Texas leaders have been vocal in their skepticism that climate change is real.

“Don’t be fooled — not everyone believes in global warming” was a tweet from earlier this summer from state’s head of gas & oil regulation, Barry Smitherman.

For those who do believe climate change is a real threat, Texas is a tough sell.

“Just using the term climate and talking about climate change is very difficult in this state,” Siddiqui told StateImpact.

Neighborhoods Most Vulnerable to Climate Change


Dave Fehling / StateImpact

A truck wash near the Port of Houston

The report by the Texas Health Institute took demographic data on income and race and crunched it with geographic data showing  where climate change could have the most impact. Correlations emerged showing that people of the least means might face the most impact.

“If a hurricane ever came straight up the Ship Channel, it would devastate our community,” said Cruz Hinojosa, a community activist in Galena Park.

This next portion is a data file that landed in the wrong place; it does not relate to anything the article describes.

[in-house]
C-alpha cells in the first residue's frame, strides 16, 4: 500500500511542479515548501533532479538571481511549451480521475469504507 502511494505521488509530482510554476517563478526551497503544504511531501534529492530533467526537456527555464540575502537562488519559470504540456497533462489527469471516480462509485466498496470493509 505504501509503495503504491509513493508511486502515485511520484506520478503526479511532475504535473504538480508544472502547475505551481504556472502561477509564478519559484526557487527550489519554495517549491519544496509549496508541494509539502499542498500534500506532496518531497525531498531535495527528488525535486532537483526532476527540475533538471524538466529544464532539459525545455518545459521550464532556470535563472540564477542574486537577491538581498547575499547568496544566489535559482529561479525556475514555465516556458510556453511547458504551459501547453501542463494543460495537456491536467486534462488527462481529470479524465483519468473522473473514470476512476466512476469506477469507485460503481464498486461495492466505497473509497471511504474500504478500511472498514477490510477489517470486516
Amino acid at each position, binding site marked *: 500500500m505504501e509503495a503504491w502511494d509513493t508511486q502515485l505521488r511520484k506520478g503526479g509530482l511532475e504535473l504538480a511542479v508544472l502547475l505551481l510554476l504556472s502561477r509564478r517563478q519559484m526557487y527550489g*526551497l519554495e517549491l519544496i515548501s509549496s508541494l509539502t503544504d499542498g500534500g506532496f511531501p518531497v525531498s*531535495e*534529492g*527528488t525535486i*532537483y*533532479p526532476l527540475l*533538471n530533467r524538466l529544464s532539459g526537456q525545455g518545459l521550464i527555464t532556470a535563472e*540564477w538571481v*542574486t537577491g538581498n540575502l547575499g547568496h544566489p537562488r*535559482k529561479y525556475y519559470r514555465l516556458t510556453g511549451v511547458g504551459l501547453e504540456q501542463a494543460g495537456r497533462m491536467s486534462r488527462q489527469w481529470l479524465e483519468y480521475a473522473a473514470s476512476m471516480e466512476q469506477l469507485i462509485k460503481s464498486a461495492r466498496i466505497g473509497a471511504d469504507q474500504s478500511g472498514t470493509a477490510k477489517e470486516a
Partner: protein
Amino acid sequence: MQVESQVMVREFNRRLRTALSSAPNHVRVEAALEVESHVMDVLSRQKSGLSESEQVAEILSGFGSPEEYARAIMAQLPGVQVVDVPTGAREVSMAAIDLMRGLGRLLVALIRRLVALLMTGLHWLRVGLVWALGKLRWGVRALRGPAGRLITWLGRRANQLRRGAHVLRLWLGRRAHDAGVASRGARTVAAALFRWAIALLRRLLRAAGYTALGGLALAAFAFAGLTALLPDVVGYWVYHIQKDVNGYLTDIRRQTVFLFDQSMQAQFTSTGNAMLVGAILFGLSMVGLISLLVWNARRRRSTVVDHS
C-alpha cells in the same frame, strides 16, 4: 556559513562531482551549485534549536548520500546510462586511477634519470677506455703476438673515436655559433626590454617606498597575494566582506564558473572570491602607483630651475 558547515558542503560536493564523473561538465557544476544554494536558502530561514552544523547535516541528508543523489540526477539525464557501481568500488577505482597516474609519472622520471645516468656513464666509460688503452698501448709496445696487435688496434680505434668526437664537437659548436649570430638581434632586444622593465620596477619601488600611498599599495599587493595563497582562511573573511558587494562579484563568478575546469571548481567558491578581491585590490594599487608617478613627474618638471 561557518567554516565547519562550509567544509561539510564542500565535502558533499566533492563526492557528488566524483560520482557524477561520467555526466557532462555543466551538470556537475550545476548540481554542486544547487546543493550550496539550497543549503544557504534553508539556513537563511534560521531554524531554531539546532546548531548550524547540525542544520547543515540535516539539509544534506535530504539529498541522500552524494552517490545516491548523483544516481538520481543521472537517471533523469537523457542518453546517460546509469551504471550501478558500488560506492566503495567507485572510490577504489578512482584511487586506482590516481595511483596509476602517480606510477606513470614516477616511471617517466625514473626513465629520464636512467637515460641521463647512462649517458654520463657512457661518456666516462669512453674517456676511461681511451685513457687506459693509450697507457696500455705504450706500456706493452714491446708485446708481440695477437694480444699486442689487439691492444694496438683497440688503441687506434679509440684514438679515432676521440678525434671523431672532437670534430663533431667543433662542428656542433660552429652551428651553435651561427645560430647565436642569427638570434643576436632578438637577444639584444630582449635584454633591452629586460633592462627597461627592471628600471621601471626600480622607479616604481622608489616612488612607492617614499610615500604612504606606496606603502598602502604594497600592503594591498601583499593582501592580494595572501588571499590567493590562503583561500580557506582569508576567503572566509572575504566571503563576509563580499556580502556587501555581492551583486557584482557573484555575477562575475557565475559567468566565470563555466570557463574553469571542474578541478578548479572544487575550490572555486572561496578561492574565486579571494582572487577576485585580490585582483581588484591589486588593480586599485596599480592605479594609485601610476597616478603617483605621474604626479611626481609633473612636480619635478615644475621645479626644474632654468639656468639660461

It’s a small city right up against the Port of Houston, one of the busiest sea ports in the nation and home to the biggest concentration of refineries and chemical plants. Climate change not only might increase the odds of devastating storms, it might also increase their flooding potential because of rising sea-levels.

Cruz Hinojosa is a community activist in Galena Park, east of Houston

Dave Fehling

Cruz Hinojosa is a community activist in Galena Park, east of Houston

Hinojosa said it’s important for government to be proactive and work with places like Galena Park because so many residents are of modest incomes and have their hands full trying to make ends meet. Many he says are immigrants.